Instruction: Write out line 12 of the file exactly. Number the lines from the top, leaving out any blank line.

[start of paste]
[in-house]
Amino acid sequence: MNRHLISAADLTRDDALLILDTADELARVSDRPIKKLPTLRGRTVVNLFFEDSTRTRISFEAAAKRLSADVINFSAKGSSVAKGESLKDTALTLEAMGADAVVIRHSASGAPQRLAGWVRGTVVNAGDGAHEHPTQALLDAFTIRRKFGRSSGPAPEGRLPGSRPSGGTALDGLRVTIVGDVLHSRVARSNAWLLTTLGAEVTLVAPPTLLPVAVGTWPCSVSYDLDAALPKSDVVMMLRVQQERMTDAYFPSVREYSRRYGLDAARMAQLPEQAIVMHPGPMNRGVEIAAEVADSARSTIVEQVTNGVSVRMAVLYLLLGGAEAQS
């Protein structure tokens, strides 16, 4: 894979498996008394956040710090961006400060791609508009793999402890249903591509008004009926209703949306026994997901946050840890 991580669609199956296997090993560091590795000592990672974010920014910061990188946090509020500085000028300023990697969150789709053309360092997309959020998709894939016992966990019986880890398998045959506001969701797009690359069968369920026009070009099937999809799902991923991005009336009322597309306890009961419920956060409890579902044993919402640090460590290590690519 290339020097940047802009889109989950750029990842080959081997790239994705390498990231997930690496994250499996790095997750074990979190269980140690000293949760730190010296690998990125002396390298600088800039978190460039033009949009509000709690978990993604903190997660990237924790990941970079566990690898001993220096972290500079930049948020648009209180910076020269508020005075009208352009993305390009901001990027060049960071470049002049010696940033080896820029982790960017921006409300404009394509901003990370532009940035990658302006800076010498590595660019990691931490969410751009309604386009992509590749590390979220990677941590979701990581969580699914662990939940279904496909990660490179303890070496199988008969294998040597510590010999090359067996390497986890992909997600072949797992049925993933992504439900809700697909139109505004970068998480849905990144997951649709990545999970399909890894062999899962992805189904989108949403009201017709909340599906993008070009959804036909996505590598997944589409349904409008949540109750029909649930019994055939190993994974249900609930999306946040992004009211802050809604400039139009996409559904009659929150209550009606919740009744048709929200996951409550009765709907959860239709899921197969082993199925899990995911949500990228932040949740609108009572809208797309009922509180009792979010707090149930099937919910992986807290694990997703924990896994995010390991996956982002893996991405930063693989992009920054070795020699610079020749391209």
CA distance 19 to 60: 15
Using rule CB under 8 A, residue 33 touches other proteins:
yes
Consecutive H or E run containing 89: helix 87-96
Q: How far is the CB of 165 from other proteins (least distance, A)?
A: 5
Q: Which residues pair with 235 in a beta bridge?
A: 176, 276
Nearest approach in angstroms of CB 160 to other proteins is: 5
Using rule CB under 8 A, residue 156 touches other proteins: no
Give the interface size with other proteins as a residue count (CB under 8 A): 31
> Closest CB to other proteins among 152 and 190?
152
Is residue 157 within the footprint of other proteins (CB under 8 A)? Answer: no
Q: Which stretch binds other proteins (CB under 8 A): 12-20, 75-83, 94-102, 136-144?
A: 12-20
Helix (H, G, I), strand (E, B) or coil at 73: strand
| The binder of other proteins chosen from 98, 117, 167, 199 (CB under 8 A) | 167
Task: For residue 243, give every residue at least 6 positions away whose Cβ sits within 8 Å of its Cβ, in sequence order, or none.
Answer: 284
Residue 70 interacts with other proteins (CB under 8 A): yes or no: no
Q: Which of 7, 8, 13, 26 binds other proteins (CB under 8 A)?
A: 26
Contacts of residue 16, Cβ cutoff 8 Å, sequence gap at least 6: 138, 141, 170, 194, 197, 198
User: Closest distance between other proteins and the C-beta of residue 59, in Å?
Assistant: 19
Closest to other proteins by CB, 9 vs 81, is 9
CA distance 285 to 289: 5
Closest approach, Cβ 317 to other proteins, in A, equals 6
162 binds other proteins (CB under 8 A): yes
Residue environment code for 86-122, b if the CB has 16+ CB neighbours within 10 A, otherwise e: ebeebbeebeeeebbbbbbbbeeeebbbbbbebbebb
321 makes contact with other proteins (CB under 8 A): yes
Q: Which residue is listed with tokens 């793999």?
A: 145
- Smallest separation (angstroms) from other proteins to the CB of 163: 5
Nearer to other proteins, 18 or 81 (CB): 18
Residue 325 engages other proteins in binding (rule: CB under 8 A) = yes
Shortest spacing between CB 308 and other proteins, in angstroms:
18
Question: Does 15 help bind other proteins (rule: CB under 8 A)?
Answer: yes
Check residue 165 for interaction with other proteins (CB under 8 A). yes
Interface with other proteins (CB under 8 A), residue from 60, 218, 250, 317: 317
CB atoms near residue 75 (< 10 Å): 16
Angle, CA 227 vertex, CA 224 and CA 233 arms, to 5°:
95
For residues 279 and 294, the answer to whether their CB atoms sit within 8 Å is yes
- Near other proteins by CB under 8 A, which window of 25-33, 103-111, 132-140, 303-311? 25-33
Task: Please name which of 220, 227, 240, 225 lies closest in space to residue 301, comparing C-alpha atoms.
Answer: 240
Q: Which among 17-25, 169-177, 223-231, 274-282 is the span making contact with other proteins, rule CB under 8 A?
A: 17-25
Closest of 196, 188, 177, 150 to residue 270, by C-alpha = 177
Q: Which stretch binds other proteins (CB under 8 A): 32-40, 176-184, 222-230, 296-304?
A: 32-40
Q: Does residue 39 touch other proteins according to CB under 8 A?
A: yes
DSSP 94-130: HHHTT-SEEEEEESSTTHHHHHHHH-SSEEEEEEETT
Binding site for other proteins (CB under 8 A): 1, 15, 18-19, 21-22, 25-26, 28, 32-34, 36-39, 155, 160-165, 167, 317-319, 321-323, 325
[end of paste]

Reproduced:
Nearest approach in angstroms of CB 160 to other proteins is: 5